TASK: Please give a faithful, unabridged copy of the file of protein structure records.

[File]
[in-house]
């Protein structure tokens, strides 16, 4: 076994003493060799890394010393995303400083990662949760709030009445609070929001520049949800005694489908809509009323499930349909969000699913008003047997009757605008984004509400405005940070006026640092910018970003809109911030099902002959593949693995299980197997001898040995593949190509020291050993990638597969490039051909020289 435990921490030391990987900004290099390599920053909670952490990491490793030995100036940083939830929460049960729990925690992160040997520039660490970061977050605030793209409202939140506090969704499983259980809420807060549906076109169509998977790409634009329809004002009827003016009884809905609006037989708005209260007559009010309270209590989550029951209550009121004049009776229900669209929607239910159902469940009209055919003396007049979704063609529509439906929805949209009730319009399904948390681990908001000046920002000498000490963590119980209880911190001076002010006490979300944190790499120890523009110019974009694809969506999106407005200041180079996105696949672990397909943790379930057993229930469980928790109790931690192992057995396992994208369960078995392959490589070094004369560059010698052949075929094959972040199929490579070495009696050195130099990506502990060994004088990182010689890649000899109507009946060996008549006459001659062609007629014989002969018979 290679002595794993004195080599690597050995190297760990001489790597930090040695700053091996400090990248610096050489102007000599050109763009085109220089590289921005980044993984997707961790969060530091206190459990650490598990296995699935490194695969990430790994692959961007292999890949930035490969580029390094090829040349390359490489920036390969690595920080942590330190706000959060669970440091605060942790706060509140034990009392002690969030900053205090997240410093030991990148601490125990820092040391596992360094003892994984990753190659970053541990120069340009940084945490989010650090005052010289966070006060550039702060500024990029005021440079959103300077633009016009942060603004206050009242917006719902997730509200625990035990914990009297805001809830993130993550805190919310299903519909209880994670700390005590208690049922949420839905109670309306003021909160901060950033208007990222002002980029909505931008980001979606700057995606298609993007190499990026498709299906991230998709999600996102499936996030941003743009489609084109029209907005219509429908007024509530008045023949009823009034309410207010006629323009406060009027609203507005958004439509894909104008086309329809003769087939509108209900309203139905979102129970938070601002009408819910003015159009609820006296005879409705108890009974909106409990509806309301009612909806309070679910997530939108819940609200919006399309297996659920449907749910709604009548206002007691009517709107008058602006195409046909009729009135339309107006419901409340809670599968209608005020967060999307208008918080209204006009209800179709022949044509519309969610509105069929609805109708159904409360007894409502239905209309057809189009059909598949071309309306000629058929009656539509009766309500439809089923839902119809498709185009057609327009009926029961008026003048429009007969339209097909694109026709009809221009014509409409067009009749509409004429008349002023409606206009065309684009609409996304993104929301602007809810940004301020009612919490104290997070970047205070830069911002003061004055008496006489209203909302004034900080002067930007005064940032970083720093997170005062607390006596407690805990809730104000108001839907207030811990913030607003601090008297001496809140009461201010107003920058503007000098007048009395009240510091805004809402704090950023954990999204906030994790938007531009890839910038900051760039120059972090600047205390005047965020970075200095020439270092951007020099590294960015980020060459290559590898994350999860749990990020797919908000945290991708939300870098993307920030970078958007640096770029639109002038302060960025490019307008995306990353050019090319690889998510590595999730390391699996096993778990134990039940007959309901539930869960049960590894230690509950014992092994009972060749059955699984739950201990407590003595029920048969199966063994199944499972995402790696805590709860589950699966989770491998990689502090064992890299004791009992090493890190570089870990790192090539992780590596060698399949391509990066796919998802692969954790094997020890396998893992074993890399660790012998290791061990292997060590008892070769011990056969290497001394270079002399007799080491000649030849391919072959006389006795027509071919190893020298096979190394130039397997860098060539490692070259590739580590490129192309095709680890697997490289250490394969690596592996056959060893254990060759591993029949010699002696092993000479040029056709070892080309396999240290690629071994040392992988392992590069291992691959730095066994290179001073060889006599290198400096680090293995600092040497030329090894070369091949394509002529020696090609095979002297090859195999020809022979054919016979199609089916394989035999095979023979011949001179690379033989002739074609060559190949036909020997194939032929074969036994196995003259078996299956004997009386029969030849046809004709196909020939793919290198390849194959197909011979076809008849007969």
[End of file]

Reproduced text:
[in-house]
């Protein structure tokens, strides 16, 4: 076994003493060799890394010393995303400083990662949760709030009445609070929001520049949800005694489908809509009323499930349909969000699913008003047997009757605008984004509400405005940070006026640092910018970003809109911030099902002959593949693995299980197997001898040995593949190509020291050993990638597969490039051909020289 435990921490030391990987900004290099390599920053909670952490990491490793030995100036940083939830929460049960729990925690992160040997520039660490970061977050605030793209409202939140506090969704499983259980809420807060549906076109169509998977790409634009329809004002009827003016009884809905609006037989708005209260007559009010309270209590989550029951209550009121004049009776229900669209929607239910159902469940009209055919003396007049979704063609529509439906929805949209009730319009399904948390681990908001000046920002000498000490963590119980209880911190001076002010006490979300944190790499120890523009110019974009694809969506999106407005200041180079996105696949672990397909943790379930057993229930469980928790109790931690192992057995396992994208369960078995392959490589070094004369560059010698052949075929094959972040199929490579070495009696050195130099990506502990060994004088990182010689890649000899109507009946060996008549006459001659062609007629014989002969018979 290679002595794993004195080599690597050995190297760990001489790597930090040695700053091996400090990248610096050489102007000599050109763009085109220089590289921005980044993984997707961790969060530091206190459990650490598990296995699935490194695969990430790994692959961007292999890949930035490969580029390094090829040349390359490489920036390969690595920080942590330190706000959060669970440091605060942790706060509140034990009392002690969030900053205090997240410093030991990148601490125990820092040391596992360094003892994984990753190659970053541990120069340009940084945490989010650090005052010289966070006060550039702060500024990029005021440079959103300077633009016009942060603004206050009242917006719902997730509200625990035990914990009297805001809830993130993550805190919310299903519909209880994670700390005590208690049922949420839905109670309306003021909160901060950033208007990222002002980029909505931008980001979606700057995606298609993007190499990026498709299906991230998709999600996102499936996030941003743009489609084109029209907005219509429908007024509530008045023949009823009034309410207010006629323009406060009027609203507005958004439509894909104008086309329809003769087939509108209900309203139905979102129970938070601002009408819910003015159009609820006296005879409705108890009974909106409990509806309301009612909806309070679910997530939108819940609200919006399309297996659920449907749910709604009548206002007691009517709107008058602006195409046909009729009135339309107006419901409340809670599968209608005020967060999307208008918080209204006009209800179709022949044509519309969610509105069929609805109708159904409360007894409502239905209309057809189009059909598949071309309306000629058929009656539509009766309500439809089923839902119809498709185009057609327009009926029961008026003048429009007969339209097909694109026709009809221009014509409409067009009749509409004429008349002023409606206009065309684009609409996304993104929301602007809810940004301020009612919490104290997070970047205070830069911002003061004055008496006489209203909302004034900080002067930007005064940032970083720093997170005062607390006596407690805990809730104000108001839907207030811990913030607003601090008297001496809140009461201010107003920058503007000098007048009395009240510091805004809402704090950023954990999204906030994790938007531009890839910038900051760039120059972090600047205390005047965020970075200095020439270092951007020099590294960015980020060459290559590898994350999860749990990020797919908000945290991708939300870098993307920030970078958007640096770029639109002038302060960025490019307008995306990353050019090319690889998510590595999730390391699996096993778990134990039940007959309901539930869960049960590894230690509950014992092994009972060749059955699984739950201990407590003595029920048969199966063994199944499972995402790696805590709860589950699966989770491998990689502090064992890299004791009992090493890190570089870990790192090539992780590596060698399949391509990066796919998802692969954790094997020890396998893992074993890399660790012998290791061990292997060590008892070769011990056969290497001394270079002399007799080491000649030849391919072959006389006795027509071919190893020298096979190394130039397997860098060539490692070259590739580590490129192309095709680890697997490289250490394969690596592996056959060893254990060759591993029949010699002696092993000479040029056709070892080309396999240290690629071994040392992988392992590069291992691959730095066994290179001073060889006599290198400096680090293995600092040497030329090894070369091949394509002529020696090609095979002297090859195999020809022979054919016979199609089916394989035999095979023979011949001179690379033989002739074609060559190949036909020997194939032929074969036994196995003259078996299956004997009386029969030849046809004709196909020939793919290198390849194959197909011979076809008849007969």